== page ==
Meanwhile, the relationship between Nationalists and Liberals deteriorated for two reasons; firstly, because of delays and secondly, a reputation tarnished by corruption allegations. Although Liberals committed to introduce the Home Rule Bill in 1912 they had become reluctant because Conservatives had garnered greater Unionist support. When the Bill was discussed, Conservatives demanded to have the Unionist north-east of Ireland treated separately from the rest of Ireland because Ulster Protestants constituted a separate nation. They hoped this argument would stop Home Rule and suggested it would result in an unstable Ireland containing two national identities. But there was a further problem.

Asquith’s Bill purported to be “final settlement,” and accepted as “the best we can get” by Nationalists. Claiming to be a Bill to establish independence it succeeded by silence. The Irish Party relinquished all right to debate. Former Parnellite politician John Dillon MP’s silence verified this indifference played in the Bill’s construction by powerful Nationalists in London. From start to finish in the debates involving Ireland’s “final” fate her representatives failed to suggest any amendment. Consequently, a defective Bill passed without alteration of one word, “So it has always been. So it will always be.”[62]

Irish citizens had been prevented from discussing the provisions of the Bill or the misconduct of their representatives. They celebrated unknowingly rejoicing the Partition of Ireland. Nationalist and Liberal colluders later professed surprise when young rebels contemplated these insults and sprang to arms in Easter 1916 punishing Parliamentarianism. However, Ulster unionists, determined to sabotage home rule  exaggerated the Marconi Scandal and that proved a brilliant time delaying strategy. It took until 1914 with the outbreak of WWI before the Home Rule Bill was finally enacted. But its implementation was suspended for the duration of the war. So, the Unionists won.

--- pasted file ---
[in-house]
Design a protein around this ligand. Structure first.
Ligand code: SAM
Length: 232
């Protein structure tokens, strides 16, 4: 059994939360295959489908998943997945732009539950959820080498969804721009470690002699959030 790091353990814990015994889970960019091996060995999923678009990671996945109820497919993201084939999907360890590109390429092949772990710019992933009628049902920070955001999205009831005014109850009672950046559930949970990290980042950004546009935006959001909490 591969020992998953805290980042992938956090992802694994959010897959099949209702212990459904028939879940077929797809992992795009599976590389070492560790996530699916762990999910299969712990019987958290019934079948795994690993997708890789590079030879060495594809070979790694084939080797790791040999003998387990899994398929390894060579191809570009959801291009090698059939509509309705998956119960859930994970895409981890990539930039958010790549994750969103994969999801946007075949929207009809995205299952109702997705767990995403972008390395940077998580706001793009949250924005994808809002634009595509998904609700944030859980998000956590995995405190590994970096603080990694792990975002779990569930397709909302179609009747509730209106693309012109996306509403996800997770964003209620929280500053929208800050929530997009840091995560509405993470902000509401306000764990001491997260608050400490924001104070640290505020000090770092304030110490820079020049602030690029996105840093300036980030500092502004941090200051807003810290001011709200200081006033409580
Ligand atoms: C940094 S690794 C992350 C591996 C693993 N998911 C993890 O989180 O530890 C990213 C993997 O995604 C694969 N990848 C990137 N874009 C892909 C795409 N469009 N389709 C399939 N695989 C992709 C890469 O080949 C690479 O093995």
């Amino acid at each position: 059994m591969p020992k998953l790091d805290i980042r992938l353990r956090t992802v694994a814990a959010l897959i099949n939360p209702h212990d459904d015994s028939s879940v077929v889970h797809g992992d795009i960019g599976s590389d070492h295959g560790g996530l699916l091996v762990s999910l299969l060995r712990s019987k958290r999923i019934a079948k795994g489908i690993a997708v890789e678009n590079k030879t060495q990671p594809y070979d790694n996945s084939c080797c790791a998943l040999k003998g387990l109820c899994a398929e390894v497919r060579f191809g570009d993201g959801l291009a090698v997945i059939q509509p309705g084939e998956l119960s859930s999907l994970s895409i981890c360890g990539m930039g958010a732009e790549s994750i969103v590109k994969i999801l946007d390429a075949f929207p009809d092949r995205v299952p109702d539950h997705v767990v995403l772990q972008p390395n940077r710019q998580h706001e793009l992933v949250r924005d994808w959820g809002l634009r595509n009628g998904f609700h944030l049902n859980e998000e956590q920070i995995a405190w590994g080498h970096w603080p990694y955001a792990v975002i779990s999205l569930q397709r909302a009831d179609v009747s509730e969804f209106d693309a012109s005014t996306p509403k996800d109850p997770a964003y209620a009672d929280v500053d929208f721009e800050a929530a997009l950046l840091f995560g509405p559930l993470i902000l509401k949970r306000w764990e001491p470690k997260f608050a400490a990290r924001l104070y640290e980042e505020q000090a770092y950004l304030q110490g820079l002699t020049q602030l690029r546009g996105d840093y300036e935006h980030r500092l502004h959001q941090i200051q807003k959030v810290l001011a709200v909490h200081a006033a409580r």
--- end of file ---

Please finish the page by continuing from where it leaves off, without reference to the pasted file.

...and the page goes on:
[1] Skibbereen Eagle, 23November 1912

[2] Irish Times, 10 June 1913

[3] George McClellan Harvey, ‘Asquith: The Master Statesman’ in The North American Review, 198, no 695 (1913),  p. 438

[4] Michael Foy, ‘Ulster Unionist Propaganda Against Home Rule 1912-14’ in History Ireland,  4, no 1 (Spring, 1996),  p 51

[5] Anglo Celt, 17 February 1912

[6] Donegal News, 13 January 1912

[7] Freemans Journal, 22 June 1912

[8] Freemans Journal, 20 May 1912

[9] Irish Times, 21 May 1912

[10]Hansard, 5th series, 39, 1129

[11] Irish Times, 31 August 1907

[12] Irish Times, 20 April 1912

[13] Irish Times, 10 June 1913

[14] Irish Times, 20 January 1911

[15] Hilaire Belloc & Cecil Chesterton,  The Party System ,  (London, 1911),  p 21

[16] Irish Times,  1 September 1962